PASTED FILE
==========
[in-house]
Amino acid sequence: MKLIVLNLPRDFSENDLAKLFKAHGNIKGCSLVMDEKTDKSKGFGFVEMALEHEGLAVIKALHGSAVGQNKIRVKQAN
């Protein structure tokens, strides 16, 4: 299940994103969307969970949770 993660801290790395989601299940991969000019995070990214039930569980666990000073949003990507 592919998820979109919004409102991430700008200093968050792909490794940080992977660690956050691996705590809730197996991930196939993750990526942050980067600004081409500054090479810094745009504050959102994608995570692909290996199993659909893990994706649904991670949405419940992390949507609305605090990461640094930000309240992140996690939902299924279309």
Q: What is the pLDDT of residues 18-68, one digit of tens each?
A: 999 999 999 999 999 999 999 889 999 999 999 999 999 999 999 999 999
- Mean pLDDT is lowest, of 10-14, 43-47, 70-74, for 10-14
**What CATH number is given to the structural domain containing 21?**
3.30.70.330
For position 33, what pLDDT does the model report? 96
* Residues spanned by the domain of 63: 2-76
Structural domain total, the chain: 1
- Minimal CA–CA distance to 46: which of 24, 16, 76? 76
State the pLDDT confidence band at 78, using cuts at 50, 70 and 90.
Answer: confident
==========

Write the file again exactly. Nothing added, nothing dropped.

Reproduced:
[in-house]
Amino acid sequence: MKLIVLNLPRDFSENDLAKLFKAHGNIKGCSLVMDEKTDKSKGFGFVEMALEHEGLAVIKALHGSAVGQNKIRVKQAN
């Protein structure tokens, strides 16, 4: 299940994103969307969970949770 993660801290790395989601299940991969000019995070990214039930569980666990000073949003990507 592919998820979109919004409102991430700008200093968050792909490794940080992977660690956050691996705590809730197996991930196939993750990526942050980067600004081409500054090479810094745009504050959102994608995570692909290996199993659909893990994706649904991670949405419940992390949507609305605090990461640094930000309240992140996690939902299924279309």
Q: What is the pLDDT of residues 18-68, one digit of tens each?
A: 999 999 999 999 999 999 999 889 999 999 999 999 999 999 999 999 999
- Mean pLDDT is lowest, of 10-14, 43-47, 70-74, for 10-14
**What CATH number is given to the structural domain containing 21?**
3.30.70.330
For position 33, what pLDDT does the model report? 96
* Residues spanned by the domain of 63: 2-76
Structural domain total, the chain: 1
- Minimal CA–CA distance to 46: which of 24, 16, 76? 76
State the pLDDT confidence band at 78, using cuts at 50, 70 and 90.
Answer: confident